• At Microsoft today, “radical” reorganizations are almost as frequent as they used to be at Apple. (By the way, here’s what Jean-Louis Gassée, who led Apple during some of that firm’s reorgs, had to say last year about MS’s callous way of picking people to fire.)
  • UW students are planting anti-human-trafficking messages with feminine napkins. The story doesn’t say how the students plan to get the products to the intended recipients.
  • Alaska Airlines doesn’t want the City of SeaTac to impose “living wage” requirements on airport-based workers.
  • Still need a tourist destination for the rest of this summer? Check out Pocatello ID’s “Museum of Clean.”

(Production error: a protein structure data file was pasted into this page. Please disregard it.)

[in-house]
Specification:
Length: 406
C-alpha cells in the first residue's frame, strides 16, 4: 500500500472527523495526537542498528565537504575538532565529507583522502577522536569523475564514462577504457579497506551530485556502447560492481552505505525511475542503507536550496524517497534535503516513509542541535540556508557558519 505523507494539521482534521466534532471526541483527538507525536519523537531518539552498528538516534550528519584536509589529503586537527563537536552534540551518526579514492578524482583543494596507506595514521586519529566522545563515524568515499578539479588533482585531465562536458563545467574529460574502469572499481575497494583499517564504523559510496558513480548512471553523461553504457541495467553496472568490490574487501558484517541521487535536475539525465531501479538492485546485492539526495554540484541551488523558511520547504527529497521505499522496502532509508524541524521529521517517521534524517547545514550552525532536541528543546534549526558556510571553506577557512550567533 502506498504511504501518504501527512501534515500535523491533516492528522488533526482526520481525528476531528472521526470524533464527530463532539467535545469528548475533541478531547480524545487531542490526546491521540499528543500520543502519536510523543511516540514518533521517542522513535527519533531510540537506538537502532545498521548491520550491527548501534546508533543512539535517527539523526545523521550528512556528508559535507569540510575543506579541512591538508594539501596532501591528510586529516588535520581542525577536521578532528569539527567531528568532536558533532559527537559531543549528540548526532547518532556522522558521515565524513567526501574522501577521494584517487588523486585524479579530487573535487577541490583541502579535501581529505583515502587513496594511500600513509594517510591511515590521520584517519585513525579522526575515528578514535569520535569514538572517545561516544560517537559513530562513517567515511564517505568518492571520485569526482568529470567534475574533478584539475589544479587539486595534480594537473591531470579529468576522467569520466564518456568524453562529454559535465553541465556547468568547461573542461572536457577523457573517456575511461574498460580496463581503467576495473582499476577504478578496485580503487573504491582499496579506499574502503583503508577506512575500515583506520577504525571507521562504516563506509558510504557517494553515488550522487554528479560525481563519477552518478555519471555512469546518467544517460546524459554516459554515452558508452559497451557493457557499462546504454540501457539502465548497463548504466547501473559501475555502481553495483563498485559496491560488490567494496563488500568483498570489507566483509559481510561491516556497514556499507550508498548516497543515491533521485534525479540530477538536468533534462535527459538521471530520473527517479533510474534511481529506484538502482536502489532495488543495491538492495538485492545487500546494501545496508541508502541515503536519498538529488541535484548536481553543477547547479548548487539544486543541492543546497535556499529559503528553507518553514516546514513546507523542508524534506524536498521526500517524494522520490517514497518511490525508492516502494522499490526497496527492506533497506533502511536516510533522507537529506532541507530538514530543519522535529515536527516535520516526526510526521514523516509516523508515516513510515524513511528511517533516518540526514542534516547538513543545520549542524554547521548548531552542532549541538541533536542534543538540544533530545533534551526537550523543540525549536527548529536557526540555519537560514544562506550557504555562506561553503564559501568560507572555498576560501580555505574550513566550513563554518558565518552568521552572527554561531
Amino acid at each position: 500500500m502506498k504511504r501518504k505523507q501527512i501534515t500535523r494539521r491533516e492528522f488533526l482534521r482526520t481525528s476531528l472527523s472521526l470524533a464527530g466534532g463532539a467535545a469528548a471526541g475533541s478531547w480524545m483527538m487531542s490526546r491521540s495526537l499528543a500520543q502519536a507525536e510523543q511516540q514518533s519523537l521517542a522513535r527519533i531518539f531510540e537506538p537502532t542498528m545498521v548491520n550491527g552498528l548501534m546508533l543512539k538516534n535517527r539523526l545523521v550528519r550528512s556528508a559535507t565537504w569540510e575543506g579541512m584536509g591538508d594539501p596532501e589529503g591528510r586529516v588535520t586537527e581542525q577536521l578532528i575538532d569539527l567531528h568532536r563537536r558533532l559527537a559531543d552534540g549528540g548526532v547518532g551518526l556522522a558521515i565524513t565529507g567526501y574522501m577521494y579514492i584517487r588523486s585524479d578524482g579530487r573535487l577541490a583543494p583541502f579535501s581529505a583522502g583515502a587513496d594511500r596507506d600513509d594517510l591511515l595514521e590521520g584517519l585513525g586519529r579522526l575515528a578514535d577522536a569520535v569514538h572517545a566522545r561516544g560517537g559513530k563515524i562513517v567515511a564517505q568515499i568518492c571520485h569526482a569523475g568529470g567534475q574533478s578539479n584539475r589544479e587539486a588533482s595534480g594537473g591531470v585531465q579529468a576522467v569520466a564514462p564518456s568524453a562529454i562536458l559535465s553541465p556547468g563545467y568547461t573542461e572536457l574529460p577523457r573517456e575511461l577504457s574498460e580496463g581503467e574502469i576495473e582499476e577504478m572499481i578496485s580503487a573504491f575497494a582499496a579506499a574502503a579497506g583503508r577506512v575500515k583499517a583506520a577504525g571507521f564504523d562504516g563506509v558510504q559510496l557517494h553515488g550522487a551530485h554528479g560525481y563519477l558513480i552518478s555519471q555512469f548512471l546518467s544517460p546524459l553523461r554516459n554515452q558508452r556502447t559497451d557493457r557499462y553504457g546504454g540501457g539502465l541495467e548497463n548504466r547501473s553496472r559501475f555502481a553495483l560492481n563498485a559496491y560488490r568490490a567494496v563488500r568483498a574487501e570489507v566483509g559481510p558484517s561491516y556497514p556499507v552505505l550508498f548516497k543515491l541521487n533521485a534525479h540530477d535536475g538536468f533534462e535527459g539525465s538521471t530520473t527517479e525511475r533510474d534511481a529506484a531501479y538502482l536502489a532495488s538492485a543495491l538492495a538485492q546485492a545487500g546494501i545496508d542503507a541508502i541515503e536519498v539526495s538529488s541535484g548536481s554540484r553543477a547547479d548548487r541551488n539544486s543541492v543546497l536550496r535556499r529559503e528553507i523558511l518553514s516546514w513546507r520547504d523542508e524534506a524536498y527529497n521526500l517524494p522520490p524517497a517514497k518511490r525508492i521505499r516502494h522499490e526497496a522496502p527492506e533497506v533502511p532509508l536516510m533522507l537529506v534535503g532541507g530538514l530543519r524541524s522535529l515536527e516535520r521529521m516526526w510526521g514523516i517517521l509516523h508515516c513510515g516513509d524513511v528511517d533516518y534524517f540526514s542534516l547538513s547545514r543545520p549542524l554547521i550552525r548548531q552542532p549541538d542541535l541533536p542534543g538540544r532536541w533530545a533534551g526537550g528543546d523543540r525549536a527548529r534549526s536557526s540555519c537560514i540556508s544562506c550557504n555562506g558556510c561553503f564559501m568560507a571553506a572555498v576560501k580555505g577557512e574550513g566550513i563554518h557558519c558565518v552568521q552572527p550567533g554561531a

• Some extremist nutjob tried to pass off footage of the 2011 Vancouver Canucks fan riot as if it were Miamians protesting the Zimmerman verdict, instead of depicting the peaceful, anti-violence protests here and elsewhere.
  • Mark Sumner at Daily Kos ponders whether humankind’s strive toward a greater future could just putter out.
  • Bob Moser at The American Prospect sees the south turning solidly progressive, but perhaps not for another decade.
  • Some YouTuber has edited all of Terry Gilliam’s animations from Monty Python’s Flying Circus together into four complilations.

RANDOM LINKS FOR 7/4/13
Jul 3rd, 2013 by Clark Humphrey

  • Today’s educational cartoon: “The History of Western Architecture in Under 15 Minutes.”
  • Nope, there won’t be an NHL hockey team in Seattle next season. But you probably suspected that would be the case. I don’t want Seattle to be invoked as “leverage.” I want Seattle to have a team.
  • I’ve been learning first hand how too-damn-high the rent is around these parts these days.